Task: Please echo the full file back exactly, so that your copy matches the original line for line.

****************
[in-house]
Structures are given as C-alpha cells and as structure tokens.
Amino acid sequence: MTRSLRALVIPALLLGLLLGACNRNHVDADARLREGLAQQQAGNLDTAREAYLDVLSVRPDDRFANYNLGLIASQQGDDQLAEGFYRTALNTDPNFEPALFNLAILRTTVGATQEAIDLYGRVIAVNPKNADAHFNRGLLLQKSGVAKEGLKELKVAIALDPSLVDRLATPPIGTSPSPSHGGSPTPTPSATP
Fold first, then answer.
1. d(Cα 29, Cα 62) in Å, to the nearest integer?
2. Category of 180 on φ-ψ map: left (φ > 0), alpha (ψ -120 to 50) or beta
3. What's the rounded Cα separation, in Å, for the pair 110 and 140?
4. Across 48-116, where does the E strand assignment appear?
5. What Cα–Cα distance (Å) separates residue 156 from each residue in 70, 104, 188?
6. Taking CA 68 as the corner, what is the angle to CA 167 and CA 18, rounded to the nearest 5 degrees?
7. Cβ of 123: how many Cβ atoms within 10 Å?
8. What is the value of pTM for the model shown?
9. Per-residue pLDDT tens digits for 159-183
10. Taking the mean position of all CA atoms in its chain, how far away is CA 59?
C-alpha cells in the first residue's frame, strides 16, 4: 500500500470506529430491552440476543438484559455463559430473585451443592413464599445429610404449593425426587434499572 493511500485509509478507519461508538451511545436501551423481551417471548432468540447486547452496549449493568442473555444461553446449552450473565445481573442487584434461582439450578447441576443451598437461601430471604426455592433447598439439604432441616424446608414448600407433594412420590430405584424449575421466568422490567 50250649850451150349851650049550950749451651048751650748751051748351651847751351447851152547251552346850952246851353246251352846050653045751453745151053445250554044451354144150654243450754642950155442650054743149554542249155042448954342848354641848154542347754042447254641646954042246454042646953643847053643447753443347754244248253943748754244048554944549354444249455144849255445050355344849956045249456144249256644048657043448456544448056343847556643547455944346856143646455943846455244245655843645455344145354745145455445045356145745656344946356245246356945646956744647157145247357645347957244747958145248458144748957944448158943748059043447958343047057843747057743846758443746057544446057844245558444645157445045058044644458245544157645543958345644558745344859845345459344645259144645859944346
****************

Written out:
[in-house]
Structures are given as C-alpha cells and as structure tokens.
Amino acid sequence: MTRSLRALVIPALLLGLLLGACNRNHVDADARLREGLAQQQAGNLDTAREAYLDVLSVRPDDRFANYNLGLIASQQGDDQLAEGFYRTALNTDPNFEPALFNLAILRTTVGATQEAIDLYGRVIAVNPKNADAHFNRGLLLQKSGVAKEGLKELKVAIALDPSLVDRLATPPIGTSPSPSHGGSPTPTPSATP
Fold first, then answer.
1. d(Cα 29, Cα 62) in Å, to the nearest integer?
2. Category of 180 on φ-ψ map: left (φ > 0), alpha (ψ -120 to 50) or beta
3. What's the rounded Cα separation, in Å, for the pair 110 and 140?
4. Across 48-116, where does the E strand assignment appear?
5. What Cα–Cα distance (Å) separates residue 156 from each residue in 70, 104, 188?
6. Taking CA 68 as the corner, what is the angle to CA 167 and CA 18, rounded to the nearest 5 degrees?
7. Cβ of 123: how many Cβ atoms within 10 Å?
8. What is the value of pTM for the model shown?
9. Per-residue pLDDT tens digits for 159-183
10. Taking the mean position of all CA atoms in its chain, how far away is CA 59?
C-alpha cells in the first residue's frame, strides 16, 4: 500500500470506529430491552440476543438484559455463559430473585451443592413464599445429610404449593425426587434499572 493511500485509509478507519461508538451511545436501551423481551417471548432468540447486547452496549449493568442473555444461553446449552450473565445481573442487584434461582439450578447441576443451598437461601430471604426455592433447598439439604432441616424446608414448600407433594412420590430405584424449575421466568422490567 50250649850451150349851650049550950749451651048751650748751051748351651847751351447851152547251552346850952246851353246251352846050653045751453745151053445250554044451354144150654243450754642950155442650054743149554542249155042448954342848354641848154542347754042447254641646954042246454042646953643847053643447753443347754244248253943748754244048554944549354444249455144849255445050355344849956045249456144249256644048657043448456544448056343847556643547455944346856143646455943846455244245655843645455344145354745145455445045356145745656344946356245246356945646956744647157145247357645347957244747958145248458144748957944448158943748059043447958343047057843747057743846758443746057544446057844245558444645157445045058044644458245544157645543958345644558745344859845345459344645259144645859944346